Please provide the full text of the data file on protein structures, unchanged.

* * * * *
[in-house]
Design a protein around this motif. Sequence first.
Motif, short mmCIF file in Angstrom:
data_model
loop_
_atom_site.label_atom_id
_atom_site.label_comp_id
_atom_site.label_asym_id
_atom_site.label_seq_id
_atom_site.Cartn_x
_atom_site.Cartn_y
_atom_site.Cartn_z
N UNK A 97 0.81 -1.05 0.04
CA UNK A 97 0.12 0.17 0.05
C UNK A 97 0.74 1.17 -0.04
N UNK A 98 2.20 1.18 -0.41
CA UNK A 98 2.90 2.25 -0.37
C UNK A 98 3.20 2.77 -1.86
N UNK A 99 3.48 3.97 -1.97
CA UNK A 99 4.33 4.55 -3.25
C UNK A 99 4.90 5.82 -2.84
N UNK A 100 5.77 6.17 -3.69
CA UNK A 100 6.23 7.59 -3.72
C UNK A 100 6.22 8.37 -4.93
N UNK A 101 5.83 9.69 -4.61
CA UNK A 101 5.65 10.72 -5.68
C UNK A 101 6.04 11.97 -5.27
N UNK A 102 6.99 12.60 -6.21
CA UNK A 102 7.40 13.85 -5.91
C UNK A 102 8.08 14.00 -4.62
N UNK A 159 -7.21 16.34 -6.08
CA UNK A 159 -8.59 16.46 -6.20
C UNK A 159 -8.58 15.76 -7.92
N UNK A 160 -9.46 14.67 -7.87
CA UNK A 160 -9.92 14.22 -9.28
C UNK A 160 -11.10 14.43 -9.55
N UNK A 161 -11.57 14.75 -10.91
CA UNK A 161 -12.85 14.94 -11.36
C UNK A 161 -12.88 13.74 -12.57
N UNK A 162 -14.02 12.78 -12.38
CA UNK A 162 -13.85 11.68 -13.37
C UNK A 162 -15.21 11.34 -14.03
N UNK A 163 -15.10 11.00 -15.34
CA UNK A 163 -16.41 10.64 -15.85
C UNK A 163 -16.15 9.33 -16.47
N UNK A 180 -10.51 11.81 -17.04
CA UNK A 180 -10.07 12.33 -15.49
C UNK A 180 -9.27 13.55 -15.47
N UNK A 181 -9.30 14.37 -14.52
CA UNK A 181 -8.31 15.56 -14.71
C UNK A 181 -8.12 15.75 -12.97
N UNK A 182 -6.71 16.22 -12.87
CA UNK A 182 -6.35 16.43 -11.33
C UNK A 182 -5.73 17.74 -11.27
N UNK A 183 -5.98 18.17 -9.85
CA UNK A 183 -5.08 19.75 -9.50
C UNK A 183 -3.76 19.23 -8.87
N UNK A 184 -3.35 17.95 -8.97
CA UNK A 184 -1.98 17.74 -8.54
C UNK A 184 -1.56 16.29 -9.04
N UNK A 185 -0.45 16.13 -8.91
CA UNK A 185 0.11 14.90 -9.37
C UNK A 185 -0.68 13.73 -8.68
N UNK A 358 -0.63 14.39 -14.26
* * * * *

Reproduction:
[in-house]
Design a protein around this motif. Sequence first.
Motif, short mmCIF file in Angstrom:
data_model
loop_
_atom_site.label_atom_id
_atom_site.label_comp_id
_atom_site.label_asym_id
_atom_site.label_seq_id
_atom_site.Cartn_x
_atom_site.Cartn_y
_atom_site.Cartn_z
N UNK A 97 0.81 -1.05 0.04
CA UNK A 97 0.12 0.17 0.05
C UNK A 97 0.74 1.17 -0.04
N UNK A 98 2.20 1.18 -0.41
CA UNK A 98 2.90 2.25 -0.37
C UNK A 98 3.20 2.77 -1.86
N UNK A 99 3.48 3.97 -1.97
CA UNK A 99 4.33 4.55 -3.25
C UNK A 99 4.90 5.82 -2.84
N UNK A 100 5.77 6.17 -3.69
CA UNK A 100 6.23 7.59 -3.72
C UNK A 100 6.22 8.37 -4.93
N UNK A 101 5.83 9.69 -4.61
CA UNK A 101 5.65 10.72 -5.68
C UNK A 101 6.04 11.97 -5.27
N UNK A 102 6.99 12.60 -6.21
CA UNK A 102 7.40 13.85 -5.91
C UNK A 102 8.08 14.00 -4.62
N UNK A 159 -7.21 16.34 -6.08
CA UNK A 159 -8.59 16.46 -6.20
C UNK A 159 -8.58 15.76 -7.92
N UNK A 160 -9.46 14.67 -7.87
CA UNK A 160 -9.92 14.22 -9.28
C UNK A 160 -11.10 14.43 -9.55
N UNK A 161 -11.57 14.75 -10.91
CA UNK A 161 -12.85 14.94 -11.36
C UNK A 161 -12.88 13.74 -12.57
N UNK A 162 -14.02 12.78 -12.38
CA UNK A 162 -13.85 11.68 -13.37
C UNK A 162 -15.21 11.34 -14.03
N UNK A 163 -15.10 11.00 -15.34
CA UNK A 163 -16.41 10.64 -15.85
C UNK A 163 -16.15 9.33 -16.47
N UNK A 180 -10.51 11.81 -17.04
CA UNK A 180 -10.07 12.33 -15.49
C UNK A 180 -9.27 13.55 -15.47
N UNK A 181 -9.30 14.37 -14.52
CA UNK A 181 -8.31 15.56 -14.71
C UNK A 181 -8.12 15.75 -12.97
N UNK A 182 -6.71 16.22 -12.87
CA UNK A 182 -6.35 16.43 -11.33
C UNK A 182 -5.73 17.74 -11.27
N UNK A 183 -5.98 18.17 -9.85
CA UNK A 183 -5.08 19.75 -9.50
C UNK A 183 -3.76 19.23 -8.87
N UNK A 184 -3.35 17.95 -8.97
CA UNK A 184 -1.98 17.74 -8.54
C UNK A 184 -1.56 16.29 -9.04
N UNK A 185 -0.45 16.13 -8.91
CA UNK A 185 0.11 14.90 -9.37
C UNK A 185 -0.68 13.73 -8.68
N UNK A 358 -0.63 14.39 -14.26